I first saw coin structures like the ones atcoinstacking.com a couple of years ago, but it’s still a fascination for me. Like an arch, these only things holding the structure together is gravity and friction. But unlike that most ancient architectural element, there is no strategically placed keystone. These coin structures are also much more easy to build because the structure is relatively stable during construction.
I like the way this guy kept stacking more columns of coins on a bridge spanning three coin diameters. It’s amazing when you think about how the load is carried to the ground. Notice that in the picture before collapse, the bottom-most penny at midspan doesn’t appear to be carrying any of the load above it.
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A new type of cement mixes Titanium with the usual lime / alumina compound and heats it up to 1100 degrees Celsius. The resulting compound conducts electricity about as well as other metals at room temperature.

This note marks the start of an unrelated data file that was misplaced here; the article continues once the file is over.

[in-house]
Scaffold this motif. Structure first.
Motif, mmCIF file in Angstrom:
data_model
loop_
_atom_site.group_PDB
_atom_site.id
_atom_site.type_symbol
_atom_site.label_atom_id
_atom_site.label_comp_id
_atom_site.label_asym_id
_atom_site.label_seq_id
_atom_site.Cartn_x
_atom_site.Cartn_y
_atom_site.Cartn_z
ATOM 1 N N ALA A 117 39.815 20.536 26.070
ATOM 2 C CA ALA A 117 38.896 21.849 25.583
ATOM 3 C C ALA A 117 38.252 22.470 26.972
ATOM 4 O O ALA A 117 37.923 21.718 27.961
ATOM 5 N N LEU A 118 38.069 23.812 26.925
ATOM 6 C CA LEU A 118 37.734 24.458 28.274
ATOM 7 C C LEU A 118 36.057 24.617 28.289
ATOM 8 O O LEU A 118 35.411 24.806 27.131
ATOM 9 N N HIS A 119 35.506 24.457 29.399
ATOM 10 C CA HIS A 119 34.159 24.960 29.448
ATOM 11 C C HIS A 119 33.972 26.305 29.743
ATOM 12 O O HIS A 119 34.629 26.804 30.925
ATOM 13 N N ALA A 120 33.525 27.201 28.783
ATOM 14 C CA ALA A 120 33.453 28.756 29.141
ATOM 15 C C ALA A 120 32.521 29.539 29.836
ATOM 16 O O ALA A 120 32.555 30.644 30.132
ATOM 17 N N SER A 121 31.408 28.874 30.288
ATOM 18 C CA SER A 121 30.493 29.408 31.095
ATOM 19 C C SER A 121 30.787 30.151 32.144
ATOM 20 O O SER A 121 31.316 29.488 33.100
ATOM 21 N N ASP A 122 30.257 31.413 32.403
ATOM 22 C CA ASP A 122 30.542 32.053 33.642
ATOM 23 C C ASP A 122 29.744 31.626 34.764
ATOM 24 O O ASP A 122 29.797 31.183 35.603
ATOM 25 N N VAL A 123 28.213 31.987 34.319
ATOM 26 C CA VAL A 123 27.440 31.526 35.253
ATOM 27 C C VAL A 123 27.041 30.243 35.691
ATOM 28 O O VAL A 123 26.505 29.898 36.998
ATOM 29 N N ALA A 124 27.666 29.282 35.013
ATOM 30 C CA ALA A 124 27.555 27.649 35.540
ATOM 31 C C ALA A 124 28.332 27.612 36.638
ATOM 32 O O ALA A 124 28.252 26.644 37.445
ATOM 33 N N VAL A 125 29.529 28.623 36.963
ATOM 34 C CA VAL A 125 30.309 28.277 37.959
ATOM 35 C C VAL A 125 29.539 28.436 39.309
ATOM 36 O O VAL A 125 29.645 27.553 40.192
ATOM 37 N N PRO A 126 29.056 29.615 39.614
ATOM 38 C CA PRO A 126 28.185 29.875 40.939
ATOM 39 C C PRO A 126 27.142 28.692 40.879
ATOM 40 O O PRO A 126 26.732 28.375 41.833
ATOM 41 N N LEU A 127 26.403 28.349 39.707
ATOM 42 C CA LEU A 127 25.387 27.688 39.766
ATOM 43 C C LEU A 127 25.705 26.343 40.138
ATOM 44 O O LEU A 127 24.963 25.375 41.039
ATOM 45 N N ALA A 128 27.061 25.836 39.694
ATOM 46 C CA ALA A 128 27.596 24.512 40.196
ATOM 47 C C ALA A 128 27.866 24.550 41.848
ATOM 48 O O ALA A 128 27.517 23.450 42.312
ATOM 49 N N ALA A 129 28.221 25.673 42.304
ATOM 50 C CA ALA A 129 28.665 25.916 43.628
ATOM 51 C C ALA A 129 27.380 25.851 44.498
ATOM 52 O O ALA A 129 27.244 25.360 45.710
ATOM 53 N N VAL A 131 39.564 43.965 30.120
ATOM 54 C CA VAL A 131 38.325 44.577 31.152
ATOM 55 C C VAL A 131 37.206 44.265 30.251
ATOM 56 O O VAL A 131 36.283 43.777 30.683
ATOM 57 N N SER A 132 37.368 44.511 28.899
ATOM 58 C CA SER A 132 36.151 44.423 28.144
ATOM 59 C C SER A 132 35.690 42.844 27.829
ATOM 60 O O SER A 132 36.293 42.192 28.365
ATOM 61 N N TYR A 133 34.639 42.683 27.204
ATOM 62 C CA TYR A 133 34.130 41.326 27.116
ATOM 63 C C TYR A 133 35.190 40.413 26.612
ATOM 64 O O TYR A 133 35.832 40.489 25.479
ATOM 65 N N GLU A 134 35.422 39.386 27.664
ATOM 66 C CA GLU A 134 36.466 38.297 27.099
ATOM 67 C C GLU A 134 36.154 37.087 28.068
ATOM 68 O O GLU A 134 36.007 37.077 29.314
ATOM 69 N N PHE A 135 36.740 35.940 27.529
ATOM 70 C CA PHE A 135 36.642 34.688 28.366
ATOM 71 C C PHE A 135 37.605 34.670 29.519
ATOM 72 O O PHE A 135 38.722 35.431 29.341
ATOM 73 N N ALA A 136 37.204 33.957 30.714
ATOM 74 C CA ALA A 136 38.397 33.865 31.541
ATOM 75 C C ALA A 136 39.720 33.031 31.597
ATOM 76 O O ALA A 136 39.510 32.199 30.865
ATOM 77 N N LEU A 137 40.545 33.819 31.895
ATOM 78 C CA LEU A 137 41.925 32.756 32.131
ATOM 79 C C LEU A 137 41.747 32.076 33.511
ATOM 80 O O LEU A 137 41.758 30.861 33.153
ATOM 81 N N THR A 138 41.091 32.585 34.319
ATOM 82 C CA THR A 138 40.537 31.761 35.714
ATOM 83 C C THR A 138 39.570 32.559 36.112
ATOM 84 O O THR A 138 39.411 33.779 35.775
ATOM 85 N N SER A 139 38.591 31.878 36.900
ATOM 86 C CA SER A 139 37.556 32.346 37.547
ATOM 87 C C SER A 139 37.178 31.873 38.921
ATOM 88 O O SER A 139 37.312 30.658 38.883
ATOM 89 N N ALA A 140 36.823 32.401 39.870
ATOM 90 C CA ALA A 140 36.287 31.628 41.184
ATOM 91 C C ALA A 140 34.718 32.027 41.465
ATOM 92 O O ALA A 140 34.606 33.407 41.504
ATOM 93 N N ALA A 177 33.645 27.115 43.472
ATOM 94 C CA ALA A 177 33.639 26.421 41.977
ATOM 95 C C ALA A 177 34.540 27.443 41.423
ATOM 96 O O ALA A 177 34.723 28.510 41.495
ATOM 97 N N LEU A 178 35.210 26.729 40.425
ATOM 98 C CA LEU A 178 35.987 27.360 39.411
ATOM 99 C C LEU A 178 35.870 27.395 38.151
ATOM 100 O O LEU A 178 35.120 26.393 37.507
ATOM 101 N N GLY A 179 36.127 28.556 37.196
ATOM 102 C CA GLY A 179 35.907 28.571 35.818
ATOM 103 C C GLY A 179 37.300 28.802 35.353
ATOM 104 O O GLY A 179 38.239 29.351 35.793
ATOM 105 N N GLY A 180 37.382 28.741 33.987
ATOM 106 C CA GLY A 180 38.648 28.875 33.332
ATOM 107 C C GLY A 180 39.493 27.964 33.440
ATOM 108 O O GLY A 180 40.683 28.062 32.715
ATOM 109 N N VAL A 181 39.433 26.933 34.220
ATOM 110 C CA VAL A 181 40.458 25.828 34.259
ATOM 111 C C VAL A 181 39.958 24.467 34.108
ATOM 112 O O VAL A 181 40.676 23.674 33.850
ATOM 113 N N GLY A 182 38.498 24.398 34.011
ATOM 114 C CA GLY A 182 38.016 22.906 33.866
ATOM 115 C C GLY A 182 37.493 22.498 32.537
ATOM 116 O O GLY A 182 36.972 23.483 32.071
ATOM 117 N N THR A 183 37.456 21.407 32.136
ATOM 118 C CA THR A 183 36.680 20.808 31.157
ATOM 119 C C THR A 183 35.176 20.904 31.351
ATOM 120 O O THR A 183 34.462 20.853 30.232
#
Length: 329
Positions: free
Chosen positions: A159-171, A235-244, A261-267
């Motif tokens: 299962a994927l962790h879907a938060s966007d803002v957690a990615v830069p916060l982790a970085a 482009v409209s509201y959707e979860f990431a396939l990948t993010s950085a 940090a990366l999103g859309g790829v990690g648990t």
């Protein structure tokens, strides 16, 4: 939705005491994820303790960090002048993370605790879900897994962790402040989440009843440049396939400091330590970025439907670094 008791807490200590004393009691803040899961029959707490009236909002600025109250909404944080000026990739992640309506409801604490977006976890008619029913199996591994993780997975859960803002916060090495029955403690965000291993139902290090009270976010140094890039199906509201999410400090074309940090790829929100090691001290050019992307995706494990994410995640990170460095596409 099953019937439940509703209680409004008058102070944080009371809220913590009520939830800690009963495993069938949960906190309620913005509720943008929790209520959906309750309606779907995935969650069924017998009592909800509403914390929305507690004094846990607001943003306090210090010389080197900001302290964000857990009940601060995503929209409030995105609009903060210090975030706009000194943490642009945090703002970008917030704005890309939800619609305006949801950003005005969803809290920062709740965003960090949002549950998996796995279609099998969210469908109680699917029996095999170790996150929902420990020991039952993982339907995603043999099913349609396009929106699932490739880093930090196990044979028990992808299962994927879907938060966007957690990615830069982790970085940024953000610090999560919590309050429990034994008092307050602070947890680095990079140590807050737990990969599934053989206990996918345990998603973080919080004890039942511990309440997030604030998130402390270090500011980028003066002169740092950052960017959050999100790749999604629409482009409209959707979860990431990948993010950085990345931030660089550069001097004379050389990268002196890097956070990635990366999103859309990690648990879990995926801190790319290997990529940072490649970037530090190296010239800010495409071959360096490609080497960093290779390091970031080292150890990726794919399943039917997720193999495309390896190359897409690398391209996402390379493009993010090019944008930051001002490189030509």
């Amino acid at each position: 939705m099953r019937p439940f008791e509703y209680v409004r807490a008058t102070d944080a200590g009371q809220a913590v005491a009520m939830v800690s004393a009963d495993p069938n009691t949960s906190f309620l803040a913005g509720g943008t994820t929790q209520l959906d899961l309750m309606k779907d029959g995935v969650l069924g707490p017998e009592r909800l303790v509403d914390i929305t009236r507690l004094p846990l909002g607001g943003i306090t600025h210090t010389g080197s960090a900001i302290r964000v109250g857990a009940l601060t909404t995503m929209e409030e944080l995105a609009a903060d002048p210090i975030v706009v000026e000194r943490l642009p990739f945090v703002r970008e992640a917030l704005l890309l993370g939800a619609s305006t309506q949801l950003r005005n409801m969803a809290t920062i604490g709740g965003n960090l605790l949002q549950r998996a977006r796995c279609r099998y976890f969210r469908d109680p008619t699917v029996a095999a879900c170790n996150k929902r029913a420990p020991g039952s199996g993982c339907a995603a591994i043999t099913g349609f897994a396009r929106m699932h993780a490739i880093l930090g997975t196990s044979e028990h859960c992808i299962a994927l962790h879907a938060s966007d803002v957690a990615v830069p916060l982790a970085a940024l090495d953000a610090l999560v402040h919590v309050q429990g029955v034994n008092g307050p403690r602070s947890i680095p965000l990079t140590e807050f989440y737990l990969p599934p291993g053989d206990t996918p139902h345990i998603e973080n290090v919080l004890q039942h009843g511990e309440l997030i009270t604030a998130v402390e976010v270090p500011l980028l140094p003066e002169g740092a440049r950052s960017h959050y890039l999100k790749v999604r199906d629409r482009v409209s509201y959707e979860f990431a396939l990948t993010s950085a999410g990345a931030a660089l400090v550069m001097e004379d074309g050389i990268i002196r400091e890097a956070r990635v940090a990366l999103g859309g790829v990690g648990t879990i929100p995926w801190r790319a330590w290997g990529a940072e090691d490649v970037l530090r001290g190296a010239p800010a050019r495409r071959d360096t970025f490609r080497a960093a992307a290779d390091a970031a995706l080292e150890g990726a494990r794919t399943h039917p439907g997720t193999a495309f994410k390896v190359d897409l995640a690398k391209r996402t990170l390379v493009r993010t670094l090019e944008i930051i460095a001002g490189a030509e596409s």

With Titanium in the mix, don’t expect to see this mix in your every day concrete pour. The article mentions a possible application as a substitute material for Indium which is used in plasma TVs and the like. This material is going to find a home inside of an iPod or cell phone probably.
All in all, it reminds me of electrically conducting clay polymers but with the novelty of being made with portland cement.
Alnwick Garden: World’s Largest Tree House via Digg
Photo source:Karen Withak
Alnwick Garden Treehouse Flickr photoset
6,000 sq. feet and includes a restaurant, gift shop and rope suspension bridges / walkways. Future plans include a tree based children’s play area.